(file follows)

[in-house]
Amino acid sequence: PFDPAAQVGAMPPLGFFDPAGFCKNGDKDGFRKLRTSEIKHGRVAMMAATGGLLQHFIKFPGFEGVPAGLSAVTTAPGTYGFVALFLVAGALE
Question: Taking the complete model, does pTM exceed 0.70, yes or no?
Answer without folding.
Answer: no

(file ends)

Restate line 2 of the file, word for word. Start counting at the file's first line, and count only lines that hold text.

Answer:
Amino acid sequence: PFDPAAQVGAMPPLGFFDPAGFCKNGDKDGFRKLRTSEIKHGRVAMMAATGGLLQHFIKFPGFEGVPAGLSAVTTAPGTYGFVALFLVAGALE